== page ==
auto namedArguments(string name, T)(T arguments)
{
    static struct Args
    {
        enum string argName = name;
        T argValue;
        alias argValue this;
    }
    return Args(cast(Unqual!T)arguments);
}

///
unittest
{
    alias arg1 = namedArguments!("arg1", string);
    alias arg2 = namedArguments!("arg2", int);

    void namedArgsFunc(T...)(T arguments)
    {
        const vars = parseArguments!()(arguments);
        const string one = vars.arg1;
        const int two = vars.arg2;
    }
    namedArgsFunc(arg1(""), arg2(42));
    namedArgsFunc(arg2(56), arg1("fred"));
}

private enum isNamedArgument(T) = hasMember!(T, "argName") && hasMember!
(T, "argValue");

/**
 * Parse parameters of the type returned from $(D namedArguments) into a
 * named tuple usable in a function. 
 */
auto parseArguments(T...)(T inputs) if (allSatisfy!(isNamedArgument, T))
{
    template GetTypeAndName(ArgT)
    {
        alias Type = typeof(ArgT.argValue);
        enum string Name = ArgT.argName;
        alias GetTypeAndName = TypeTuple!(Type, Name);
    }
    auto ret = Tuple!(staticMap!(GetTypeAndName, T))();

    foreach (arg; inputs)
    {
        mixin(`ret.` ~ arg.argName) = arg.argValue;
    }

    return ret;
}

unittest
{
    alias arg1 = namedArguments!("arg1", string);
    alias arg2 = namedArguments!("arg2", int);

    const test1 = parseArguments(arg1("string"), arg2(42));
    assert(test1.arg1 == "string");
    assert(test1.arg2 == 42);

    const test2 = parseArguments(arg2(42), arg1("string"));
    assert(test2.arg1 == "string");
    assert(test2.arg2 == 42);
}
--------------------------------------------------------------------------

///All required arguments
--------------------------------------------------------------------------
/**
 * A templated function useful for creating aliases for naming function
 * parameters.
 *
 * Params:
 *     ArgTypesT = The enum type for all named parameters in a group.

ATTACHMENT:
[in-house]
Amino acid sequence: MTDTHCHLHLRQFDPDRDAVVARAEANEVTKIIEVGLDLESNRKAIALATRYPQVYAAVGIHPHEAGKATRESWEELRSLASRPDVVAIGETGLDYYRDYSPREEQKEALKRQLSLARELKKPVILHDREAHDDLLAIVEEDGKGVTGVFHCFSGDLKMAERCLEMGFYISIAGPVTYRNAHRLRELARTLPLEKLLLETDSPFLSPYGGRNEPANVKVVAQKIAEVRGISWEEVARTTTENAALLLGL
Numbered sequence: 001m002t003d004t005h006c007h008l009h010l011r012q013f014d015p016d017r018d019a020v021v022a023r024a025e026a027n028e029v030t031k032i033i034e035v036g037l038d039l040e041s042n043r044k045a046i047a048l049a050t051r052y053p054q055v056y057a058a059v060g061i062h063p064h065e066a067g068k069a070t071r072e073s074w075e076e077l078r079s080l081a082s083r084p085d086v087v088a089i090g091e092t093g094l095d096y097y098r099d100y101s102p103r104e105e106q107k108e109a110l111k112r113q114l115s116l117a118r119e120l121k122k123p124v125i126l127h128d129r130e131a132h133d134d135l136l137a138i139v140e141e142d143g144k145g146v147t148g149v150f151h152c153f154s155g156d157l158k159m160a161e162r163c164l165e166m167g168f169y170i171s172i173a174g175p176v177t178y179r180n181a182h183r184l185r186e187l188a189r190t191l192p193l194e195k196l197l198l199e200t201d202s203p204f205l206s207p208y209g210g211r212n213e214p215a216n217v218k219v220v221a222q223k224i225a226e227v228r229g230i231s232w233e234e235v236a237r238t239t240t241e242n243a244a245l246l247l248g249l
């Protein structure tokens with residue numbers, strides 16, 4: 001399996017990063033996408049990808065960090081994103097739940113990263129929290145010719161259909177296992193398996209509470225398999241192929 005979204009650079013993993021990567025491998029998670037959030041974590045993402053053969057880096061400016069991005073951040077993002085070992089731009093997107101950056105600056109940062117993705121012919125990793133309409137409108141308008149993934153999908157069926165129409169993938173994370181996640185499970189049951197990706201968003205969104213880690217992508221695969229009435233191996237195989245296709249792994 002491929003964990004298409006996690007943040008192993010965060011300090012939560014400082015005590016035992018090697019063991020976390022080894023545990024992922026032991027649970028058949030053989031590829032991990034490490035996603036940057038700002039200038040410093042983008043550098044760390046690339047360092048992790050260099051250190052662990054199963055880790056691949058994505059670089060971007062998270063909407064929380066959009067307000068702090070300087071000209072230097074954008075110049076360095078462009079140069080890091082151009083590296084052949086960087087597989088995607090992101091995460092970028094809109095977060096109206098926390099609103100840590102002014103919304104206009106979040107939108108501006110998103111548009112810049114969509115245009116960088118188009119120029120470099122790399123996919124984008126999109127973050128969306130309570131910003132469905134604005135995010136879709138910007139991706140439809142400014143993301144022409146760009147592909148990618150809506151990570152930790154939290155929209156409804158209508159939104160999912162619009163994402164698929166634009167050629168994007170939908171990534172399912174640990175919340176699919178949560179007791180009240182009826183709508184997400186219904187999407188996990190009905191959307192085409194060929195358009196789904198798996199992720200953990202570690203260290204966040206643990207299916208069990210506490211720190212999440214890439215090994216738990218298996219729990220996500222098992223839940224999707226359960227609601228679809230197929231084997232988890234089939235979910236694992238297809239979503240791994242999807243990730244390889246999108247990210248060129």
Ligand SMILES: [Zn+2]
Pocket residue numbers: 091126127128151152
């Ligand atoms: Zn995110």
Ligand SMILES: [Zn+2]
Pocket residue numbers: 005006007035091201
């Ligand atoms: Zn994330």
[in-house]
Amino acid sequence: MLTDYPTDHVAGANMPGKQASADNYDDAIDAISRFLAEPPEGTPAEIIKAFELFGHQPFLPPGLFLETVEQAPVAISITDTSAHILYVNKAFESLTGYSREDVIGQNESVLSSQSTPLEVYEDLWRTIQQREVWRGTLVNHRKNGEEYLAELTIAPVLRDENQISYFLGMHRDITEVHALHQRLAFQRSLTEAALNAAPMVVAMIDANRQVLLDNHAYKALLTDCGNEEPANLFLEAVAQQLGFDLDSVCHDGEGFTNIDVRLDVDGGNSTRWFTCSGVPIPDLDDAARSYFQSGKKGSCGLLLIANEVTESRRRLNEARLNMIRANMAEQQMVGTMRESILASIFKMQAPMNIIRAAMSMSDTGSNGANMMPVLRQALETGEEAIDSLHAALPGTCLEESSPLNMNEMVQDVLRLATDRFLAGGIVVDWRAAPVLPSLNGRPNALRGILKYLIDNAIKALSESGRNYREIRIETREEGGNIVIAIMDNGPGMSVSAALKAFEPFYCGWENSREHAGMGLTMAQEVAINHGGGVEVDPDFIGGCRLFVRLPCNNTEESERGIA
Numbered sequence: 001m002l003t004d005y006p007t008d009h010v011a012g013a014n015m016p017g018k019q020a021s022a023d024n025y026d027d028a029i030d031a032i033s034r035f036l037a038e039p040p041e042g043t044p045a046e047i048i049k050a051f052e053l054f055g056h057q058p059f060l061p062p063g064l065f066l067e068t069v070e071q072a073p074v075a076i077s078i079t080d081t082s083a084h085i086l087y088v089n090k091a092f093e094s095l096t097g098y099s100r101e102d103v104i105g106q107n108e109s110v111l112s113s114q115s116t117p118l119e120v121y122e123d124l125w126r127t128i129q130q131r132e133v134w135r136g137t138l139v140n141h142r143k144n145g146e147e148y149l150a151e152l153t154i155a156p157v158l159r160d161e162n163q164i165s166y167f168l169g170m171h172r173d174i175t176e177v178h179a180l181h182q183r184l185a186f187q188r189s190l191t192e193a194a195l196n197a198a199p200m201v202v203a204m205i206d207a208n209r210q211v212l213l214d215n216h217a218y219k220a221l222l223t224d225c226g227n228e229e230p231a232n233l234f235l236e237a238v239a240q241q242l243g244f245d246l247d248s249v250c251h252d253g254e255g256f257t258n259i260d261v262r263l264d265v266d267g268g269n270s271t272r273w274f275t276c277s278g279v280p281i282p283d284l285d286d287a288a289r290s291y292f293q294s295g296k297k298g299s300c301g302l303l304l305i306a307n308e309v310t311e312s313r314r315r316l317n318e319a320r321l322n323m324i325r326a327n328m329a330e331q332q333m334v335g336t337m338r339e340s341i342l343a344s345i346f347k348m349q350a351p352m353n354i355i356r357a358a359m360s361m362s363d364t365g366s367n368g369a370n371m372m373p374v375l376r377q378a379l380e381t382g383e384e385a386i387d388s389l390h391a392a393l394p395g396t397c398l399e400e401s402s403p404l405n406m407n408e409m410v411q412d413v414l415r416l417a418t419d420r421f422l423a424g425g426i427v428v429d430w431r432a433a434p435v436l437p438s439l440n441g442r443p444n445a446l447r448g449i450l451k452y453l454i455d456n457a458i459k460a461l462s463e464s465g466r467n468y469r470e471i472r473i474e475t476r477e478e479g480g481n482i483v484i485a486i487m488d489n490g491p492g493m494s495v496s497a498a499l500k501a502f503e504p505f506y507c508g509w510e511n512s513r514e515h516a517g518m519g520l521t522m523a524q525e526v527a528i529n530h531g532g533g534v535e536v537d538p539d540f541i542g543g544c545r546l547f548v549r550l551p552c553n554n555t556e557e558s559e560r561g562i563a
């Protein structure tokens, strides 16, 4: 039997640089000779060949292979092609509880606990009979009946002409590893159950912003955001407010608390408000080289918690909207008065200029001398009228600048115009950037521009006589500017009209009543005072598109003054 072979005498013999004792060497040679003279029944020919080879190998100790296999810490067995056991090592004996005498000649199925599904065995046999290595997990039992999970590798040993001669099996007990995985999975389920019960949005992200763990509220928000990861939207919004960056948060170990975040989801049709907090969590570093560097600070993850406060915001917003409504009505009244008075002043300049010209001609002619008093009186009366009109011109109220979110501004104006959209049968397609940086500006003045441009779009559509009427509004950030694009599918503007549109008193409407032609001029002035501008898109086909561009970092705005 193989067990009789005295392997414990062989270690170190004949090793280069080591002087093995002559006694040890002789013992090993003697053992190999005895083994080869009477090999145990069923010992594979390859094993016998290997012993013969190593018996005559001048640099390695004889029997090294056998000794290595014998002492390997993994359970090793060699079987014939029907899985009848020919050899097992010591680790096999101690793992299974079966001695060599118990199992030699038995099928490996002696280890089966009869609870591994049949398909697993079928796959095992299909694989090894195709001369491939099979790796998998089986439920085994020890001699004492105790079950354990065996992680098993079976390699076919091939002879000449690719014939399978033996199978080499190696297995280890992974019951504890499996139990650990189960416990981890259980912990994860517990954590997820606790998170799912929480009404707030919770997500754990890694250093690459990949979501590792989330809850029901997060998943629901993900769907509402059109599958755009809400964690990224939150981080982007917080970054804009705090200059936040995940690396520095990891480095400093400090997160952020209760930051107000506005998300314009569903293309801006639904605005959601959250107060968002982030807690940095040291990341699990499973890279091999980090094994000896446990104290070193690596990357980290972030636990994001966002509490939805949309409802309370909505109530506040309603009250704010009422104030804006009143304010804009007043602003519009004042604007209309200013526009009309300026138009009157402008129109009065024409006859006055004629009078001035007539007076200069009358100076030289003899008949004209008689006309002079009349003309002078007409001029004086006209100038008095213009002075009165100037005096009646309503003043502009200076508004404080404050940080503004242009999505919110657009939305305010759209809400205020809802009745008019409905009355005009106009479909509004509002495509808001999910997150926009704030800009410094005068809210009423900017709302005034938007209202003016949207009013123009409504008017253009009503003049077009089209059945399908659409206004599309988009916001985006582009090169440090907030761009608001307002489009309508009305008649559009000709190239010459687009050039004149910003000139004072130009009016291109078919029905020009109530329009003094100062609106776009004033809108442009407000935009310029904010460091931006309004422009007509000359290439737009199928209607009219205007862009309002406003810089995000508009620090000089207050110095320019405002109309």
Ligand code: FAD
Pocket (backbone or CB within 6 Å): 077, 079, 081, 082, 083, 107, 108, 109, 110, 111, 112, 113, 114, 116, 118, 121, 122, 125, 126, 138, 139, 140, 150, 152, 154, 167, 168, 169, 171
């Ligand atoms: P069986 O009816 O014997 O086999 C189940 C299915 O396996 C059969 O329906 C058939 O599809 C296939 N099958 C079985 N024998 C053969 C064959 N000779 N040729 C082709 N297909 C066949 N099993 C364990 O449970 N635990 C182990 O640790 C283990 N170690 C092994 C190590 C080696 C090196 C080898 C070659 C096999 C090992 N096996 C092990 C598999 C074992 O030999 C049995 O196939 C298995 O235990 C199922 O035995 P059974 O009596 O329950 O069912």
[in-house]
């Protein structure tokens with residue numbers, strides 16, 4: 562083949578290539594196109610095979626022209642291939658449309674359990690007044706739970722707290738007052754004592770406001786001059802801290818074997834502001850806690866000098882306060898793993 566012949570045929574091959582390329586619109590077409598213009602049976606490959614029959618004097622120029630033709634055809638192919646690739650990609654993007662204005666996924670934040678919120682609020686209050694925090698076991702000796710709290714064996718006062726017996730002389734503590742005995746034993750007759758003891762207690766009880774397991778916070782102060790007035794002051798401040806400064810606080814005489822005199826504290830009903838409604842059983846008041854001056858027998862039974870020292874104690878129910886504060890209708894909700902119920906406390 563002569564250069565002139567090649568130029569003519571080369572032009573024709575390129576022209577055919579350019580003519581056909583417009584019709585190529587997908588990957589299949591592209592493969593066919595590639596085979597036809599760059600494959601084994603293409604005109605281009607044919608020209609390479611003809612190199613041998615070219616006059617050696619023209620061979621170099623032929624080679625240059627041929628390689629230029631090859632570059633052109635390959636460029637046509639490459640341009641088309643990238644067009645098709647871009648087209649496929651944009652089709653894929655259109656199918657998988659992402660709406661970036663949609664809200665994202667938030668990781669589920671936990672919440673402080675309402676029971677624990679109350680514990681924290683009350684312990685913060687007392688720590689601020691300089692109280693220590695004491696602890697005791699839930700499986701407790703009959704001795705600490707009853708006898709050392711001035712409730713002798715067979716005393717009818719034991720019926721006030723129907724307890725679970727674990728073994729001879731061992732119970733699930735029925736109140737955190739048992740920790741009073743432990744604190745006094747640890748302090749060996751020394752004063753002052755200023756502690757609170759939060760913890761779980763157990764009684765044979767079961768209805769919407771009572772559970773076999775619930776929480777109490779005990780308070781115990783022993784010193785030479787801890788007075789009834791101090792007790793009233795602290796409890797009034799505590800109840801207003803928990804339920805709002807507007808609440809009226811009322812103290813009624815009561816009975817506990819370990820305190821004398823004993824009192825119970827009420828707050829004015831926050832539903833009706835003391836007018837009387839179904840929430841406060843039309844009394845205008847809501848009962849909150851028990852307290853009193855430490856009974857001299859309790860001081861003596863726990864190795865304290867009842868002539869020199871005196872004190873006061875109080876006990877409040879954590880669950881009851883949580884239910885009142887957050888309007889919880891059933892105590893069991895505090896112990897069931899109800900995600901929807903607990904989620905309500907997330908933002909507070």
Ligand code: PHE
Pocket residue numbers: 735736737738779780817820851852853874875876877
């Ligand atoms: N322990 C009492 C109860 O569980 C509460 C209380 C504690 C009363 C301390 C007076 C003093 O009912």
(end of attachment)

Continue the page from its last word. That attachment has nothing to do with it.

*
 * Returns: A voldemort type that can be handled by $(D parseArguments).
 */
template namedArguments(ArgTypesT) if (is(ArgTypesT == enum))
{
    auto namedArguments(ArgTypesT type, T)(T arguments)
    {
        static struct Args
        {
            alias ArgType = ArgTypesT;
            enum ArgType argsType = type;
            T args;
            alias args this;
        }
        return Args(cast(Unqual!T)arguments);
    }
}

///
unittest
{
    enum ArgTypes
    {
        Arg1,
        Arg2
    }
    alias FuncArgsT = namedArguments!ArgTypes;
    alias arg1 = FuncArgsT!(ArgTypes.Arg1, string);
    alias arg2 = FuncArgsT!(ArgTypes.Arg2, int);

    void namedArgsFunc(T...)(T arguments)
    {
        const vars = parseArguments(arguments);
        const string one = vars.Arg1;
        const int two = vars.Arg2;
    }
    namedArgsFunc(arg1(""), arg2(42));
    namedArgsFunc(arg2(56), arg1("fred"));
}

private enum isNamedArgument(T) = hasMember!(T, "argsType") && hasMember!
(T, "args");

/**
 * Parse parameters of the type returned from $(D namedArguments) into a
 * named tuple usable in a function.
 */
auto parseArguments(T...)(T inputs) if (allSatisfy!(isNamedArgument, T))
{
    template GetTypeAndName(ArgT)
    {
        import std.conv : to;
        alias Type = typeof(ArgT.args);
        enum string Name = ArgT.argsType.to!string();
        alias GetTypeAndName = TypeTuple!(Type, Name);
    }
    auto ret = Tuple!(staticMap!(GetTypeAndName, T))();

    foreach (I, arg; inputs)
    {
        ret[I] = arg.args;
    }

    return ret;
}

unittest
{
    enum ArgTypes
    {
        Arg1,
        Arg2
    }
    alias FuncArgsT = namedArguments!ArgTypes;
    alias arg1 = FuncArgsT!(ArgTypes.Arg1, string);
    alias arg2 = FuncArgsT!(ArgTypes.Arg2, int);

    const test1 = parseArguments(arg1("string"), arg2(42));
    assert(test1.Arg1 == "string");
    assert(test1.Arg2 == 42);

    const test2 = parseArguments(arg2(42), arg1("string"));
    assert(test2.Arg1 == "string");
    assert(test2.Arg2 == 42);
}
--------------------------------------------------------------------------

Jonathan
May 29 2015
parent reply "Liran Zvibel" <liran weka.io> writes:
On Friday, 29 May 2015 at 15:16:56 UTC, Jonathan Crapuchettes 
wrote:
 Two other ways to implement the concept. The first works with 
 optional
 arguments and the other requires all arguments.
 unittest
 {
     alias arg1 = namedArguments!("arg1", string);
     alias arg2 = namedArguments!("arg2", int);

     void namedArgsFunc(T...)(T arguments)
     {